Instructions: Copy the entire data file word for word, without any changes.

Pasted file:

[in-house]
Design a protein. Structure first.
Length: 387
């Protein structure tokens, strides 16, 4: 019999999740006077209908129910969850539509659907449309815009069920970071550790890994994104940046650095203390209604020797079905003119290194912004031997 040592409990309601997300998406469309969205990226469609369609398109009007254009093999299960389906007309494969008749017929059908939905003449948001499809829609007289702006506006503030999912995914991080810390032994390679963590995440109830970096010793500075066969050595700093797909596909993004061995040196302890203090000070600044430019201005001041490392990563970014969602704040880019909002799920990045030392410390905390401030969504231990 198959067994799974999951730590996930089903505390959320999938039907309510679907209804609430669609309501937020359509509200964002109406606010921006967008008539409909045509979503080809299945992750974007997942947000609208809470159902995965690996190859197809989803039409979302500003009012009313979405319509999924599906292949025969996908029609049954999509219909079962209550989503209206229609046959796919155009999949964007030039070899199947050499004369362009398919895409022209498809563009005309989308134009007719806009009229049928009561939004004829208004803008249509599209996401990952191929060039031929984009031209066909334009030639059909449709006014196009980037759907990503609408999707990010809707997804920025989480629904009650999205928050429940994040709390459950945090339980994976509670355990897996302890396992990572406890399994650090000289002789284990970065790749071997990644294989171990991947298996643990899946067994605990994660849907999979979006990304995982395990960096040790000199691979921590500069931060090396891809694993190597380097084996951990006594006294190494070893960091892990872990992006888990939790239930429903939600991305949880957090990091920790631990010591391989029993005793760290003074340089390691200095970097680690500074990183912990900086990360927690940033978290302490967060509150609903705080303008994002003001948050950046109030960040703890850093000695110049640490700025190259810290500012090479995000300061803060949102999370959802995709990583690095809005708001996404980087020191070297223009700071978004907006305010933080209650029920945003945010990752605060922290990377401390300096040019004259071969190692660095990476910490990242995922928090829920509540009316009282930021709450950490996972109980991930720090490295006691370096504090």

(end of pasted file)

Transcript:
[in-house]
Design a protein. Structure first.
Length: 387
């Protein structure tokens, strides 16, 4: 019999999740006077209908129910969850539509659907449309815009069920970071550790890994994104940046650095203390209604020797079905003119290194912004031997 040592409990309601997300998406469309969205990226469609369609398109009007254009093999299960389906007309494969008749017929059908939905003449948001499809829609007289702006506006503030999912995914991080810390032994390679963590995440109830970096010793500075066969050595700093797909596909993004061995040196302890203090000070600044430019201005001041490392990563970014969602704040880019909002799920990045030392410390905390401030969504231990 198959067994799974999951730590996930089903505390959320999938039907309510679907209804609430669609309501937020359509509200964002109406606010921006967008008539409909045509979503080809299945992750974007997942947000609208809470159902995965690996190859197809989803039409979302500003009012009313979405319509999924599906292949025969996908029609049954999509219909079962209550989503209206229609046959796919155009999949964007030039070899199947050499004369362009398919895409022209498809563009005309989308134009007719806009009229049928009561939004004829208004803008249509599209996401990952191929060039031929984009031209066909334009030639059909449709006014196009980037759907990503609408999707990010809707997804920025989480629904009650999205928050429940994040709390459950945090339980994976509670355990897996302890396992990572406890399994650090000289002789284990970065790749071997990644294989171990991947298996643990899946067994605990994660849907999979979006990304995982395990960096040790000199691979921590500069931060090396891809694993190597380097084996951990006594006294190494070893960091892990872990992006888990939790239930429903939600991305949880957090990091920790631990010591391989029993005793760290003074340089390691200095970097680690500074990183912990900086990360927690940033978290302490967060509150609903705080303008994002003001948050950046109030960040703890850093000695110049640490700025190259810290500012090479995000300061803060949102999370959802995709990583690095809005708001996404980087020191070297223009700071978004907006305010933080209650029920945003945010990752605060922290990377401390300096040019004259071969190692660095990476910490990242995922928090829920509540009316009282930021709450950490996972109980991930720090490295006691370096504090």